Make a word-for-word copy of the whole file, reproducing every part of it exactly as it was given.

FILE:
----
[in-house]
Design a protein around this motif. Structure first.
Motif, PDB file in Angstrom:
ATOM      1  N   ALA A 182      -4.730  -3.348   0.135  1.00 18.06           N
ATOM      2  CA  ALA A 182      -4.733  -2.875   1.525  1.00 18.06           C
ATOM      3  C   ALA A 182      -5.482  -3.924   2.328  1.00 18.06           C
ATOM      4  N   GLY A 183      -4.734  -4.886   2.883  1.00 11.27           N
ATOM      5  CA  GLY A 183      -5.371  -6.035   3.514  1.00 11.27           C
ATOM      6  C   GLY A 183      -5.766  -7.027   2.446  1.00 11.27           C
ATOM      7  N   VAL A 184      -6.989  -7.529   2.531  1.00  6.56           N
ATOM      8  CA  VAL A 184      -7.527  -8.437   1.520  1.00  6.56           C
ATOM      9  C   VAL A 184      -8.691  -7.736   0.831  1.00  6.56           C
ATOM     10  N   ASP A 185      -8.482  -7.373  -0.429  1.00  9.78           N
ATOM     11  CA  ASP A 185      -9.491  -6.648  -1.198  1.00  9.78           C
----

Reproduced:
[in-house]
Design a protein around this motif. Structure first.
Motif, PDB file in Angstrom:
ATOM      1  N   ALA A 182      -4.730  -3.348   0.135  1.00 18.06           N
ATOM      2  CA  ALA A 182      -4.733  -2.875   1.525  1.00 18.06           C
ATOM      3  C   ALA A 182      -5.482  -3.924   2.328  1.00 18.06           C
ATOM      4  N   GLY A 183      -4.734  -4.886   2.883  1.00 11.27           N
ATOM      5  CA  GLY A 183      -5.371  -6.035   3.514  1.00 11.27           C
ATOM      6  C   GLY A 183      -5.766  -7.027   2.446  1.00 11.27           C
ATOM      7  N   VAL A 184      -6.989  -7.529   2.531  1.00  6.56           N
ATOM      8  CA  VAL A 184      -7.527  -8.437   1.520  1.00  6.56           C
ATOM      9  C   VAL A 184      -8.691  -7.736   0.831  1.00  6.56           C
ATOM     10  N   ASP A 185      -8.482  -7.373  -0.429  1.00  9.78           N
ATOM     11  CA  ASP A 185      -9.491  -6.648  -1.198  1.00  9.78           C